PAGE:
In case you haven't heard, the 2019 United Nations COP in Madrid was a big ole' disappointment.
Despite the array of alarming scientific reports detailing how our planet is hanging on edge of the metaphorical swirling toilet, the annual gathering of climate change policy makers, NGOs, and scientists from 180+ countries did not get much accomplished.
And how about private sector coalitions like We Are Still In, a commitment to climate change solutions representing "more than half of all Americans, and taken together, they represent $6.2 trillion, a bigger economy than any nation other than the U.S. or China."
For a sense of this scale, this coalition is coordinated by The American Sustainable Business Council, B Team, Bloomberg Philanthropies, Center for American Progress, Ceres, CDP, Climate Mayors, Climate Nexus, C40, C2ES, Environmental Defense Fund, Environmental Entrepreneurs, Georgetown Climate Center, Health Care Without Harm, ICLEI, National League of Cities, Rocky Mountain Institute, Second Nature, Sierra Club, Sustainable Museums, The Climate Group, We Mean Business, World Resources Institute (WRI), and World Wildlife Fund (WWF).
So, should you be a little depressed about the latest COP outcomes? Yep.
But instead of hiding in a corner like mistreated, bashful dogs, let this be a reminder to us Entrepreneurs for Impact that our work is needed now more than ever.
Stand up, y'all. Let's put on those big boy (or girl) pants and redouble our efforts.
In 20 years, our kids or grandkids will ask us what we were doing all these years?
"Adam is an organizational psychologist at Wharton, where he has been the top-rated professor for 7 years. He is an expert in how we can find motivation and meaning, and lead more generous and creative lives. He is the #1 New York Times bestselling author of four books that have sold over two million copies and been translated into 35 languages: Give and Take, Originals, Option B, and Power Moves. His books have been recognized as among the year’s best by Amazon, The Financial Times, Harvard Business Review, and The Wall Street Journal and been praised by J.J. Abrams, Richard Branson, Bill and Melinda Gates, Malcolm Gladwell, and Malala Yousafzai."
I highlight this for two reasons:
His interview is worth a listen on your next few commutes (2 hours long, but just take your time)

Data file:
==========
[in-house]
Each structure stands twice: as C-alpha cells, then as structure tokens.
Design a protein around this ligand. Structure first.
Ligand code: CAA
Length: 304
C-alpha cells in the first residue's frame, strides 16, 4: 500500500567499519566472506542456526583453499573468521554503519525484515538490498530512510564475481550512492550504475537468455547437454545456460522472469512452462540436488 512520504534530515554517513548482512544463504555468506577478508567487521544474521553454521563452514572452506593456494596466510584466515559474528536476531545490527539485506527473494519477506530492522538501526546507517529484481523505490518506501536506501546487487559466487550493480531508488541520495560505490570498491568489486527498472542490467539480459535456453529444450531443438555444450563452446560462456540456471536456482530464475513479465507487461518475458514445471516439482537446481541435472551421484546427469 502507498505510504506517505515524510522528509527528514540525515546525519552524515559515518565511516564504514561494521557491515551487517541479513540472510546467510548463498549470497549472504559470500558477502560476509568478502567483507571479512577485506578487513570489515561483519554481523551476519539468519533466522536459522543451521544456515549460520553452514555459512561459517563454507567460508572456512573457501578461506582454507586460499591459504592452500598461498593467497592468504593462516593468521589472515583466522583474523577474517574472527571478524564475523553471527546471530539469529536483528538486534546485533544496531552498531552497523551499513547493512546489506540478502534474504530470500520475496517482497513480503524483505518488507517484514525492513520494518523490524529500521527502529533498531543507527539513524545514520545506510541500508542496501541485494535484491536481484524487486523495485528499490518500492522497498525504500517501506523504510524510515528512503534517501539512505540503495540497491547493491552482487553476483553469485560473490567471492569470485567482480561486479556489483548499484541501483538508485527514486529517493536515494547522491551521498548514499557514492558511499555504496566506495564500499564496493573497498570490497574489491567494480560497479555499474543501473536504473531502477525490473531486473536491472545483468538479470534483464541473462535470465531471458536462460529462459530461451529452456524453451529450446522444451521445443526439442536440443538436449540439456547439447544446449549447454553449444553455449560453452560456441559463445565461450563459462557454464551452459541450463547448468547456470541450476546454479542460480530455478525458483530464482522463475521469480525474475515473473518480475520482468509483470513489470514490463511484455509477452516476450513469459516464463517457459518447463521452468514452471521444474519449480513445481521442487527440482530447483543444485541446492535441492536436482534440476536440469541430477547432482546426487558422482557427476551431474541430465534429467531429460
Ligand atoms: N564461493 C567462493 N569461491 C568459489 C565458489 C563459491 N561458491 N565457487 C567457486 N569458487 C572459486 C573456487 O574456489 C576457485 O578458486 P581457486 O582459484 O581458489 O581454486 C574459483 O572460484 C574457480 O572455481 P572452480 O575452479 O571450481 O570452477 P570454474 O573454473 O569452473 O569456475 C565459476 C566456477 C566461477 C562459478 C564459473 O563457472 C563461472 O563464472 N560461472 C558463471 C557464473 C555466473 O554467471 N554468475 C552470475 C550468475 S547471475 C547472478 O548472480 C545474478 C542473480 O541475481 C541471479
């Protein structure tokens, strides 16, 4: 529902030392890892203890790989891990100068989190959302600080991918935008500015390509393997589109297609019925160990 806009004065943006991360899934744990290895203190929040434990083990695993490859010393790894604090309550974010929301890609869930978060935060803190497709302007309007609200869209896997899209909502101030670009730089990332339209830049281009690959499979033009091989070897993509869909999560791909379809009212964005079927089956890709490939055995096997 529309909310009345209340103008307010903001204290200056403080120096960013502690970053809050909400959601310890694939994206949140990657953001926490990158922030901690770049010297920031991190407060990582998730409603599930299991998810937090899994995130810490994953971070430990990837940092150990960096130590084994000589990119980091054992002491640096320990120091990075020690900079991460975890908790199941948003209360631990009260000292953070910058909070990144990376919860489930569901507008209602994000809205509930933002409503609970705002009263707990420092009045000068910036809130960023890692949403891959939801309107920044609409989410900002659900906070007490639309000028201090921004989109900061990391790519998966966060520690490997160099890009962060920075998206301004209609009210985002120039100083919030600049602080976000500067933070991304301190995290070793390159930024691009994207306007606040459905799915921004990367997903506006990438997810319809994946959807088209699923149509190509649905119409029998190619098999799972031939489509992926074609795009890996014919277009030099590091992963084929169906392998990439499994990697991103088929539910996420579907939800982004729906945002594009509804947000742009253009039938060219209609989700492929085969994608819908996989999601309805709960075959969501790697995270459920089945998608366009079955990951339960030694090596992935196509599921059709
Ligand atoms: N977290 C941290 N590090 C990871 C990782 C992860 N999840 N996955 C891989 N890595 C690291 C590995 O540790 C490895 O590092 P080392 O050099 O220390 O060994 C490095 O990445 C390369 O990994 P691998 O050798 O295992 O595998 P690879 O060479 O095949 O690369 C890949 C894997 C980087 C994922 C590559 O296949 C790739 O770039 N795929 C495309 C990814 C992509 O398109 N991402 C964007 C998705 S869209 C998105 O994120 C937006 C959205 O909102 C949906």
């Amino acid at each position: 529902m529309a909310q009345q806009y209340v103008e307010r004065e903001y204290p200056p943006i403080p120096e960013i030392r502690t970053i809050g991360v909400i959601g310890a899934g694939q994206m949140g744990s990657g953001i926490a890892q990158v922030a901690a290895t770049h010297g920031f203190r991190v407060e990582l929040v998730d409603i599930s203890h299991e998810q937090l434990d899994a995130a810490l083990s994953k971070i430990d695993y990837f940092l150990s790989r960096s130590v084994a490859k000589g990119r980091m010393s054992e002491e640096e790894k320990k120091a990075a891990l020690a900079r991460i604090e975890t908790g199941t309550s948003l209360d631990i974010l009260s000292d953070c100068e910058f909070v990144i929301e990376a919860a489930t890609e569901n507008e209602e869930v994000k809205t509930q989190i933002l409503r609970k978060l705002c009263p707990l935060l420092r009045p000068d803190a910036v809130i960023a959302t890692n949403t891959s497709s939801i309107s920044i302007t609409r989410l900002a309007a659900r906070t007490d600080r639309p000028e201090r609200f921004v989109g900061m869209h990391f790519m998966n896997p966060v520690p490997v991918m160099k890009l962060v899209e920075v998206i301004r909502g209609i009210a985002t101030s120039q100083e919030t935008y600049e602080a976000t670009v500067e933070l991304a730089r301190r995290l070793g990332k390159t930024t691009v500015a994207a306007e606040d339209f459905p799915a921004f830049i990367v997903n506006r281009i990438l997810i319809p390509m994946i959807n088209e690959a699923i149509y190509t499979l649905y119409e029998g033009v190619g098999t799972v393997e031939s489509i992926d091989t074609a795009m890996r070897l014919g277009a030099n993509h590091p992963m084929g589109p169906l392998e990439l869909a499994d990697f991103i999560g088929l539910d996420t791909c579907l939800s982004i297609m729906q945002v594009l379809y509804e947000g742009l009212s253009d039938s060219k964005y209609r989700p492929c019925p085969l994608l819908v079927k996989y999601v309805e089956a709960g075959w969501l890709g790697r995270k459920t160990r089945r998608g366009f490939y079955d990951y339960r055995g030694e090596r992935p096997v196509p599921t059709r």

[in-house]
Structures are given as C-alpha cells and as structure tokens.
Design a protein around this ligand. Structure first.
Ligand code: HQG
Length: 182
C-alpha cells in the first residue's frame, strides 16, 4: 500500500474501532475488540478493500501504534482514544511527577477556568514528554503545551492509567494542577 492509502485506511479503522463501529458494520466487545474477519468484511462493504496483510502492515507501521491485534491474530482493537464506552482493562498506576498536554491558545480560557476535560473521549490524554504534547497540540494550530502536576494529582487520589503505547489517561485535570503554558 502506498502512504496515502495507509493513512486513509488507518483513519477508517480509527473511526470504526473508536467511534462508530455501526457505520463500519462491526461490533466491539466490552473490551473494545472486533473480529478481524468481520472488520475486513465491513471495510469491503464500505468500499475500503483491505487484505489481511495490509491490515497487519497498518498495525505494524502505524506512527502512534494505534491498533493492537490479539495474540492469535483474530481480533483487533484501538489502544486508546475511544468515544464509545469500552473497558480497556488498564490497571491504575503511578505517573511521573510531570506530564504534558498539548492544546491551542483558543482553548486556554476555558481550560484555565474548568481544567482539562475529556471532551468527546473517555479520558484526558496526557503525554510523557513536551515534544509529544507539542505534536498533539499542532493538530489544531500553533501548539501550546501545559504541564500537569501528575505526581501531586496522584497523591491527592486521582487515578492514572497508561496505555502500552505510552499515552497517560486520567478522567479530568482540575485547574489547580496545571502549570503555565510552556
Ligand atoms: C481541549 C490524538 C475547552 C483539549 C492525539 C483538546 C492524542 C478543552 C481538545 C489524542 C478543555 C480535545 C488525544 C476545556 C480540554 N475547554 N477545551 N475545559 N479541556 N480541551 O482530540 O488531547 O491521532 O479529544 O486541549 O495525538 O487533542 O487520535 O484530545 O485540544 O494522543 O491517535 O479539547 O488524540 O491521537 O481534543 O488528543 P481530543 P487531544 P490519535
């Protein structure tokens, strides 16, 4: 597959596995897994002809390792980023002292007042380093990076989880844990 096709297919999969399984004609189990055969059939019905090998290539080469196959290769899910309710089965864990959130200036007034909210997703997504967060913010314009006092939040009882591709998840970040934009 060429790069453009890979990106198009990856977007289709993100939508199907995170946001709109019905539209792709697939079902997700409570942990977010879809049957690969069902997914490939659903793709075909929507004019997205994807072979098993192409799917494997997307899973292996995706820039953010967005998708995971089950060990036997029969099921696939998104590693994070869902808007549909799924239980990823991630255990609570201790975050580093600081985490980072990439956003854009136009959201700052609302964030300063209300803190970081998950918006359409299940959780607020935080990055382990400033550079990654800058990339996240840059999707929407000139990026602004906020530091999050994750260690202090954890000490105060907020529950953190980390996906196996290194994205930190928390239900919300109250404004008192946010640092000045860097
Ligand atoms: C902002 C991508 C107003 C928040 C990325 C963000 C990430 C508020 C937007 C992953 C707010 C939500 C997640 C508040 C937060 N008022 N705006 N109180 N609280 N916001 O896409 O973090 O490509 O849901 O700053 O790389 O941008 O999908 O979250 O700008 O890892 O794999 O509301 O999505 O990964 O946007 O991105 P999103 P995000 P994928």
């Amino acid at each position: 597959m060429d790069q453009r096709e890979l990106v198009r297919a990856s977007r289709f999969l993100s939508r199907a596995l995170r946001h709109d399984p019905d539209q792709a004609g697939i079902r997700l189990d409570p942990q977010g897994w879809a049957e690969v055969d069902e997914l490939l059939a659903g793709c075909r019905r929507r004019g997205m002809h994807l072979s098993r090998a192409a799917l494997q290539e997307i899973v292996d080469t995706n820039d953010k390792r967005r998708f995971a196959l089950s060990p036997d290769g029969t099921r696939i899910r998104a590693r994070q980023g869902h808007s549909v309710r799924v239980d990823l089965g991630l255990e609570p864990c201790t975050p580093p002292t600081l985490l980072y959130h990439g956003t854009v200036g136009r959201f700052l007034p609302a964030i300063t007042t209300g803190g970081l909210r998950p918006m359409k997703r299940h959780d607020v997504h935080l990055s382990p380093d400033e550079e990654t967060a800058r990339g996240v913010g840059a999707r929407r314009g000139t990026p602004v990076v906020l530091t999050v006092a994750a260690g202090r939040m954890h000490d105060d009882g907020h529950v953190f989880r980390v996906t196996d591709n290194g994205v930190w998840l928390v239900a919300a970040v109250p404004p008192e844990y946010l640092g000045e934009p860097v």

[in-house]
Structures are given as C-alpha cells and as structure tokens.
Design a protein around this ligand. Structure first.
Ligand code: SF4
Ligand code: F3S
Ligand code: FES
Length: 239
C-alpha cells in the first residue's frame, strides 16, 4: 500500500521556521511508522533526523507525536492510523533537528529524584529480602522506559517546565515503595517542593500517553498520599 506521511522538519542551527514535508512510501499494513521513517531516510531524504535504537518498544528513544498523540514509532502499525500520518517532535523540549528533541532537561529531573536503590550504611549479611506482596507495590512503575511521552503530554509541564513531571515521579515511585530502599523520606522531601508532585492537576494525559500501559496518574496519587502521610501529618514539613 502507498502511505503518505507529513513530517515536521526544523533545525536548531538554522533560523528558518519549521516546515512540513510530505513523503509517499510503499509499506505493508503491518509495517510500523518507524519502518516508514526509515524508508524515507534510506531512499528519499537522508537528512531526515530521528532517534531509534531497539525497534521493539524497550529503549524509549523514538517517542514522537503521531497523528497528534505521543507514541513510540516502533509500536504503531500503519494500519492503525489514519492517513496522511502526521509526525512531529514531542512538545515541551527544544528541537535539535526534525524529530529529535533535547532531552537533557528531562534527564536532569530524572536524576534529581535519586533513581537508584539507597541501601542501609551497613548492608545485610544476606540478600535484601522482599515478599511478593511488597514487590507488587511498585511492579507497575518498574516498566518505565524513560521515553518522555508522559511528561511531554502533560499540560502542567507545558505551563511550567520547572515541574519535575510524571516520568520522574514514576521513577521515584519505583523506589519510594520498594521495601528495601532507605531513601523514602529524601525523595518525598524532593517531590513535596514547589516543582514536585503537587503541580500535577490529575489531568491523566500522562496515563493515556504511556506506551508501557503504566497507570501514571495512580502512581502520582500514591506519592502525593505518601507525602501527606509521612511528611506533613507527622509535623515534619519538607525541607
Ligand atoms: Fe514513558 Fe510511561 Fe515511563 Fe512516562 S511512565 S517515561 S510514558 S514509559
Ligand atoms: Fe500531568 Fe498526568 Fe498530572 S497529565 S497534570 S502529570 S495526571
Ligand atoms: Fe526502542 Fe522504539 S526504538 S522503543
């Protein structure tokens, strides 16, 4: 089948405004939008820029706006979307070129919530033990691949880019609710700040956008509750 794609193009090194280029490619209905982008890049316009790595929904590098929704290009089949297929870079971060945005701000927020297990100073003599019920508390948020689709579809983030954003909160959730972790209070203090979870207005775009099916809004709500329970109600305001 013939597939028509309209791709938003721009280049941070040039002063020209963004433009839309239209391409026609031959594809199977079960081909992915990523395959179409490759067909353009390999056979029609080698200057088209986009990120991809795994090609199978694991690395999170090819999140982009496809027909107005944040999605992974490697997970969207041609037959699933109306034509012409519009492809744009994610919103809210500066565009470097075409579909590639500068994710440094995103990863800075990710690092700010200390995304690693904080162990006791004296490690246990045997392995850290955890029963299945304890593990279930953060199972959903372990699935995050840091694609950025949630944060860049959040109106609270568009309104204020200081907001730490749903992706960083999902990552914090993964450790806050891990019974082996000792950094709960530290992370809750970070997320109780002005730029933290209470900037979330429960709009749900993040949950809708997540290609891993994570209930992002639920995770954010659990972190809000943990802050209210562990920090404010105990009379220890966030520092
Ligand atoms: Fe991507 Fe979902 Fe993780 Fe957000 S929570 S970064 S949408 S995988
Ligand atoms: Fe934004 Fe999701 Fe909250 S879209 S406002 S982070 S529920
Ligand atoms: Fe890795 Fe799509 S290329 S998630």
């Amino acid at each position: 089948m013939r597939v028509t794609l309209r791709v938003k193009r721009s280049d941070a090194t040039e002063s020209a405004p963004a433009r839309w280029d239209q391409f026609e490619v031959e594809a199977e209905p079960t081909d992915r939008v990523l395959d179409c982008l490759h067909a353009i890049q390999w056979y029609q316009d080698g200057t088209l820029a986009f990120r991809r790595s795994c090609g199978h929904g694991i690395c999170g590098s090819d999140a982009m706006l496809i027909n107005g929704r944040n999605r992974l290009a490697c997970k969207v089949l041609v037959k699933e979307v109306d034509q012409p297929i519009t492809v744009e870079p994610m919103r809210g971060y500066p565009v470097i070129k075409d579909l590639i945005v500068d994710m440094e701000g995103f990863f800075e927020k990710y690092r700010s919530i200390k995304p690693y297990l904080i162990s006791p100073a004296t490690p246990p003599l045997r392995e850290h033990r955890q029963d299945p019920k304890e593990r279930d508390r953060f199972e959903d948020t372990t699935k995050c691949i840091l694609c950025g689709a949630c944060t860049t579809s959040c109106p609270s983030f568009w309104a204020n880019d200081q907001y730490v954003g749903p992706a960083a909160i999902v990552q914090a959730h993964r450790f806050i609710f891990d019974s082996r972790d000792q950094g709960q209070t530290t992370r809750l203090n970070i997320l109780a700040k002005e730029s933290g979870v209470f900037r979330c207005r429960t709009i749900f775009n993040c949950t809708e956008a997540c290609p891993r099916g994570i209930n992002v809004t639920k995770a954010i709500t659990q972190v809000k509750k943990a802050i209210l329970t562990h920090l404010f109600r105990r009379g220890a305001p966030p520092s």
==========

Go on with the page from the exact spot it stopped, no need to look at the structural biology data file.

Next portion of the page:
He raises the idea of building your own Challenge Network
So, what is a Challenge Network?
It's essentially your own private advisory board, consisting not just of cheerleaders, but also people that you empower to tell you what you're not doing right.
Too often, we don't seek enough feedback. Or when we do, it's from people that want to support out business and personal initiatives.
Whether you seek input from a group like this on a regular (e.g., quarterly) basis, or on a project-by-project basis, the benefits are real.
Or if you're a CEO or executive in the energy and environment sector, you could also get this kind of "tough love, with your best intentions in mind" via our Mastermind cohorts of 10-15 people in your same position.
Remember, diamonds are not created through dozens of hugs from pink Teddy bears. Instead, they need pressure and heat.
So turn up the dial, and get real with some honest feedback.
Interestingly, and quite appropriately, this is the book that my 8-year-old picked out for me at the library, on her own.
She then proceeded to assign this to me as my reading assignment, in the same way that I make her and my sons do their "Daddy Reading" most days, which includes personal development, science, and social studies themes that I find important for their development.
We can't leave all their education to the school system alone, right? :)
Yep, we now have new "ugly baby" from two nasty parents: "climate change" and "gentrification."
What is it?
The displacement of often non-white communities of lower socioeconomic status by new real estate (re)developments that cater to higher income populations and that capitalize on more climate-resilient locations (e.g., city neighborhoods at elevations higher above sea level).
As an article from MIT Sloan put it: "Prices in environmentally safe but historically affordable areas are skyrocketing — displacing vulnerable residents."
So, which cities are most at risk of climate change impacts, and potentially climate gentrification, if policy, finance, community, and business leaders don't get ahead of this problem?
Via Climate Central, here's a list of the US coastal cities most at risk from sea level rise. Hint: If you're in Florida, beware. Also, New York and Charleston make this dubious ranking, too.
To understand climate gentrification in its various forms, below is a graphic from a 2018 study from Harvard University.
As Entrepreneurs for Impact, what might do we do with this information?
Consider business solutions to climate gentrification (e.g., risk transfer mechanisms, cost sharing structures, investment opportunities)
Locate your infrastructure in climate resilient locations (for more on the $1 trillion in climate risk facing the world's biggest companies, check out this CDP summary)
If you're like me, you get super excited about generating and executing on new business ideas.
Lots of them. Too many, really.
It often leads to my wife thinking, "Hey man, do you ever turn off? Here, have a beer tonight. I insist."
But when most of the ideas don't work out, I wonder whether I should just drop it all and go become a professional tap dancer. (You should see the picture of me tap dancing as a 6-year-old. Super embarrassing.)
Luckily, I've spent years memorizing hundreds of facts via my environmental science undergraduate degree many moons ago.
And in those mental gymnastics, I remember that most seeds, spores, shoots, krill, and animal species do not survive to adulthood.
OK, I know you were waiting for it. Here's one more acorn analogy to add to the dozens in the inspiration and self development world:
Only about 1 out of 10,000 acorns become giant oak trees.
Coming home each day, I see a fantastic white oak in our front yard.
It has a far reaching and ominous crown that seems to whisper to me, "I hope you appreciate my 100 years of growth from a tiny acorn because during the next ice storm, I might just drop a huge limb on your roof. #LoveYou"